Remember the plague of brideless grooms that China fears will lead to social unrest in that country within just 15 years? That's thanks to the combination of a cultural preference for boys, the country's one-child policy and sex-selection abortion, which add up to so many couples aborting female fetuses that there soon won't be enough women for men to marry.
The latest update: Monday, China announced its official response to the problem. The state will crack down on abortion providers who perform the procedure for non-medical reasons because of the baby's gender and increase protections for baby girls, according to the Associated Press. A statement issued jointly by the ruling Communist Party and the State Council, China's Cabinet, said that people who "conduct illegal gender testing of fetuses and sex-selective abortions should face serious punishment," and that the protection of baby girls should be improved by punishing those who kill, abandon or injure the infants. No other details about the nature of the crackdown were given. And naturally, there were no plans to alter the country's one-child policy.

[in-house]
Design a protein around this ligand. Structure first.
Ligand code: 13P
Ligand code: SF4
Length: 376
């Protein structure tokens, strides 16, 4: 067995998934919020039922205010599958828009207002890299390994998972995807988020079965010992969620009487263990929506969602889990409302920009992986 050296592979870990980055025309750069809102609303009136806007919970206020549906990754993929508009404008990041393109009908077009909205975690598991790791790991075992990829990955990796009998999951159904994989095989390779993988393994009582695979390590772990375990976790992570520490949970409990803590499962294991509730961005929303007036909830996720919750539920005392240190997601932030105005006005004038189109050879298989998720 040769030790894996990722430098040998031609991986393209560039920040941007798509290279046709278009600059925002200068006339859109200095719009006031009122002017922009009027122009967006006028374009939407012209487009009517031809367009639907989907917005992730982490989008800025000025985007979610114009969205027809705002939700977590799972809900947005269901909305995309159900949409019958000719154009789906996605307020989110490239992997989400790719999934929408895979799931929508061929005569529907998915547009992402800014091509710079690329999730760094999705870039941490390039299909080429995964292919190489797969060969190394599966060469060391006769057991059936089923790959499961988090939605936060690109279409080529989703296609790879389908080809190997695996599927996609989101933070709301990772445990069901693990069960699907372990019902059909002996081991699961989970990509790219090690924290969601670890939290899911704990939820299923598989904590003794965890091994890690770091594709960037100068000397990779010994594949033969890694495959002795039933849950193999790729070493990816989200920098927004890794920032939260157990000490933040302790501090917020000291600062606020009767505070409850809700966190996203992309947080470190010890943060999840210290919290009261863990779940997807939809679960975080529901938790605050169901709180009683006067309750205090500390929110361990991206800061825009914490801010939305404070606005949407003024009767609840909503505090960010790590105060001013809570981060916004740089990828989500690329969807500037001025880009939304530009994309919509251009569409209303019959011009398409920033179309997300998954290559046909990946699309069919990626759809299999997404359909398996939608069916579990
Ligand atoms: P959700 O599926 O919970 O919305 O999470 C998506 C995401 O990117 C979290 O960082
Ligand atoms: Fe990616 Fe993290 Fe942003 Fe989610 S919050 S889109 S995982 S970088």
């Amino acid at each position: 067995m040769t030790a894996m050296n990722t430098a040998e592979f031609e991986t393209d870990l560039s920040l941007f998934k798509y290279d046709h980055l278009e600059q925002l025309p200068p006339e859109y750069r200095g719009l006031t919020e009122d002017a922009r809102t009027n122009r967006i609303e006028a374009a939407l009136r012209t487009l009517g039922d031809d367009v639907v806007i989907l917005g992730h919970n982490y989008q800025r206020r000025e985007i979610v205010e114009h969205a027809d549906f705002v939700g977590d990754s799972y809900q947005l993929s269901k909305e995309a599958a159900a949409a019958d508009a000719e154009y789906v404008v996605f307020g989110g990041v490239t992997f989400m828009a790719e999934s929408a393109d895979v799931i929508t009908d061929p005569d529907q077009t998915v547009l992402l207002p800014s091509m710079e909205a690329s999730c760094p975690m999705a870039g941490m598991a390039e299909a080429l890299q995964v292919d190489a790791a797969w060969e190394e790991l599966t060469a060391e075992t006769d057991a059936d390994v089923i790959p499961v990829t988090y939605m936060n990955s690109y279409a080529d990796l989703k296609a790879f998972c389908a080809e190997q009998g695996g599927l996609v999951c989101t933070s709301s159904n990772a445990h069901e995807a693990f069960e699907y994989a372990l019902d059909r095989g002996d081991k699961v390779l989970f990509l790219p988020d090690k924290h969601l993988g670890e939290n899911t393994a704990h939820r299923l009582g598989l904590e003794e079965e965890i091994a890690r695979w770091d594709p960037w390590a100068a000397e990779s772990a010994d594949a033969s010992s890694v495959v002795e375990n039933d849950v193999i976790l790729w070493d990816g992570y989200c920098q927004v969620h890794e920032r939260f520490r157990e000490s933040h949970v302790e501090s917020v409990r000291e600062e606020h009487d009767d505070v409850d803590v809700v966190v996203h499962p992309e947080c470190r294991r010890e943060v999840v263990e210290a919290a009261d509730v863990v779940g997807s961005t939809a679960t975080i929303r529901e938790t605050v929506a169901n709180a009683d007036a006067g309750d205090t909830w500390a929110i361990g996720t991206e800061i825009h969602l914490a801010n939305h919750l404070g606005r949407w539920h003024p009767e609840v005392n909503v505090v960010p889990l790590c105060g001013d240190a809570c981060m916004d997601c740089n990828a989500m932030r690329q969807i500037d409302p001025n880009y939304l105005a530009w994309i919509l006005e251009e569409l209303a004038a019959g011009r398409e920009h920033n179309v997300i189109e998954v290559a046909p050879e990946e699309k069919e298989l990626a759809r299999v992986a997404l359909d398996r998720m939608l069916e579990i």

We're all for increasing protections for baby girls. Yet it's not hard to imagine lots of unintended -- and miserable -- consequences from trying to squelch sex-selection abortion, as abhorrent as such a practice is. Maybe with the government crackdown, such testing and abortions will continue, but they'll just go underground, putting the woman seeking the procedures at greater risk. Or, if the state crackdown actually does succeed in greatly limiting such procedures, then there'll be tens of thousands of baby girls born to and raised by parents who don't want them.